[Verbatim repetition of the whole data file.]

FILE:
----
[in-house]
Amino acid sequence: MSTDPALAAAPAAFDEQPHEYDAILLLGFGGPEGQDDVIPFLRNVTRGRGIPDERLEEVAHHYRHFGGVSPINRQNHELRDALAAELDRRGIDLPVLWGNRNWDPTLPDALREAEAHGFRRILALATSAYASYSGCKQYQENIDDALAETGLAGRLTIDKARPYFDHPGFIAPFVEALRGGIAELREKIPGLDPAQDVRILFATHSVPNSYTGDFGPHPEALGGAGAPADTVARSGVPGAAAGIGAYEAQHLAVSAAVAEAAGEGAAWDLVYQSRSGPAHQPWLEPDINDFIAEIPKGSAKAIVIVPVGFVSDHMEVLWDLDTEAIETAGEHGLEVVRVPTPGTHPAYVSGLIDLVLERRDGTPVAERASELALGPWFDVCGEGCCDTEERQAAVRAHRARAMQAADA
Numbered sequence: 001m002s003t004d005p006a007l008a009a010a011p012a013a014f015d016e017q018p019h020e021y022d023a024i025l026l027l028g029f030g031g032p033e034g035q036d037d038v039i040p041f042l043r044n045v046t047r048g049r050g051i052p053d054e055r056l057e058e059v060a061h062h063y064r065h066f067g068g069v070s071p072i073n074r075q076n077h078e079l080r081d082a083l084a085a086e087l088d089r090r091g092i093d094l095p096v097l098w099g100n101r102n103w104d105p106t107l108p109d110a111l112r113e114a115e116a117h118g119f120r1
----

[in-house]
Amino acid sequence: MSTDPALAAAPAAFDEQPHEYDAILLLGFGGPEGQDDVIPFLRNVTRGRGIPDERLEEVAHHYRHFGGVSPINRQNHELRDALAAELDRRGIDLPVLWGNRNWDPTLPDALREAEAHGFRRILALATSAYASYSGCKQYQENIDDALAETGLAGRLTIDKARPYFDHPGFIAPFVEALRGGIAELREKIPGLDPAQDVRILFATHSVPNSYTGDFGPHPEALGGAGAPADTVARSGVPGAAAGIGAYEAQHLAVSAAVAEAAGEGAAWDLVYQSRSGPAHQPWLEPDINDFIAEIPKGSAKAIVIVPVGFVSDHMEVLWDLDTEAIETAGEHGLEVVRVPTPGTHPAYVSGLIDLVLERRDGTPVAERASELALGPWFDVCGEGCCDTEERQAAVRAHRARAMQAADA
Numbered sequence: 001m002s003t004d005p006a007l008a009a010a011p012a013a014f015d016e017q018p019h020e021y022d023a024i025l026l027l028g029f030g031g032p033e034g035q036d037d038v039i040p041f042l043r044n045v046t047r048g049r050g051i052p053d054e055r056l057e058e059v060a061h062h063y064r065h066f067g068g069v070s071p072i073n074r075q076n077h078e079l080r081d082a083l084a085a086e087l088d089r090r091g092i093d094l095p096v097l098w099g100n101r102n103w104d105p106t107l108p109d110a111l112r113e114a115e116a117h118g119f120r1